Photograph showing Henry Moore with his sculpture Reclining Figure and Mask
Henry Moore with Reclining Figure and Mask, c.1930

Read about the work of Carsten Höller, Henry Moore and David Musgrave in this issue, along with articles about the interpretation of art by Tony Bennett, Griselda Pollock and Donald Preziosi from the conference Interpretation, Theory & the Encounter held at Tate Britain on 9 July 2010. Tate’s current Social Media Communication Strategy is also presented.


Kate Macfarlane

This paper takes as its starting point two drawings by David Musgrave in Tate’s collection, Plane with inverted figure 2007 and Folded plane no.2 2009. It examines Musgrave’s motivation for employing traditional drawing techniques and investigates what the medium of drawing can offer an artist today.

Mark Windsor

This paper looks at the interactivity of Carsten Höller’s Test Site 2006, using Alfred Gell’s Art and Agency (1998) and Nicolas Bourriaud’s Relational Aesthetics (1998). In the first part Gell is used to examine the interactive relationships between artist and participants mediated by the slides, the aesthetic quality and political significance of which are then revealed in the second part with reference to Bourriaud.

Rothenstein Lecture
Anne Wagner

How do size and scale matter to the sculpture of Henry Moore? This paper offers a preliminary investigation of this question, pointing not only to the phenomenological and contextual implications of scale in sculpture, but also to some of the transformations in Moore’s studio practice that work at monumental scale demanded. On the one hand, these expansions brought his sculpture closer to the European tradition of sculptural making, in particular to the means of enlargement historically used within the sculptor’s studio; on the other, they saw him adopting new materials – polystyrene in particular – to allow him to operate efficiently, and in a conceptually more venturesome, and more unsettling way.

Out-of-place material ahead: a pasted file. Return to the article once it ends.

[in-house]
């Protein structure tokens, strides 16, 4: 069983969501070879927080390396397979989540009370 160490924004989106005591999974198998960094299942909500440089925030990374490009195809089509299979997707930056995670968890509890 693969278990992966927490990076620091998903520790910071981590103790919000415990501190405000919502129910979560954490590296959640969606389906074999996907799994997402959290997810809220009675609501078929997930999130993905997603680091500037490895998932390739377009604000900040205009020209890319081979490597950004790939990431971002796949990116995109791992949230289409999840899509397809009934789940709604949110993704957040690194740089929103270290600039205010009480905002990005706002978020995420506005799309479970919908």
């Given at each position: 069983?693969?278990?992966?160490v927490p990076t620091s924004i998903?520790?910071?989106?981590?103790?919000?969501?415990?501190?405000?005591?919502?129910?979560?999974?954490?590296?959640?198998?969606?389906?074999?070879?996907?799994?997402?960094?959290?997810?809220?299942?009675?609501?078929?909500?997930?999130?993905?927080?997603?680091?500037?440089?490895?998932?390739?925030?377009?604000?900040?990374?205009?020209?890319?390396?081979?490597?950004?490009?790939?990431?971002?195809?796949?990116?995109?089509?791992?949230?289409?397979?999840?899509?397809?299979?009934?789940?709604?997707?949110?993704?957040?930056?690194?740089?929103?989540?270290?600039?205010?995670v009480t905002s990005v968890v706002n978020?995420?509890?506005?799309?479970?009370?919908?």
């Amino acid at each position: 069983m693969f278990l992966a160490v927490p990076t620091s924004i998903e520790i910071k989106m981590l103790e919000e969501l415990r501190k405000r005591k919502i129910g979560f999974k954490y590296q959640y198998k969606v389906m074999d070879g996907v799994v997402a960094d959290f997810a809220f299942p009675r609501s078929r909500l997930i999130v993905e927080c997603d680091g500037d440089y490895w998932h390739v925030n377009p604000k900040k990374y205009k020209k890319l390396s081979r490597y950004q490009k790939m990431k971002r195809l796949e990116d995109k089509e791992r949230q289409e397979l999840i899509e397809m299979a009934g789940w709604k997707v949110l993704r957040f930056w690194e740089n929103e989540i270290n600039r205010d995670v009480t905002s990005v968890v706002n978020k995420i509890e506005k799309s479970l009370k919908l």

Tony Bennett

This paper examines the operations of post-Kantian aesthetic discourses as parts of cultural technologies that induct individuals into particular kinds of independent and critical reflexivity modelled on the autonomy of the work of art. While acknowledging the historical force of these technologies in producing a form of ‘guided freedom’, the paper reflects on their limitations, particularly as exemplified in the writings of the philosopher Jacques Rancière.

Griselda Pollock

Taking up analytical theorist and painter Bracha Ettinger’s argument that it is the destiny and desire of artworks to be interpreted, this paper explores the concept of ‘encounter-event’ as a model to move beyond the restrictive dichotomies of word and image, verbal and visual language, object and text, and into the politics of difference via an understanding of interpretation as a collaborative activity solicited by the artwork as an event that precipitates an encounter with difference and thus extends the viewer, rather than instructs them, in given scripts of cultural meaning.

Donald Preziosi

This paper considers a series of fundamental problems and paradoxes in accounting for interpretation in contemporary museum encounters, and explores the main contrasts between aesthetic and theological modes of encountering phenomena.

Reports and strategies

Jesse Ringham

This report provides an overview of Tate’s Social Media Communication Strategy, outlining the key objectives for each of its social media platforms.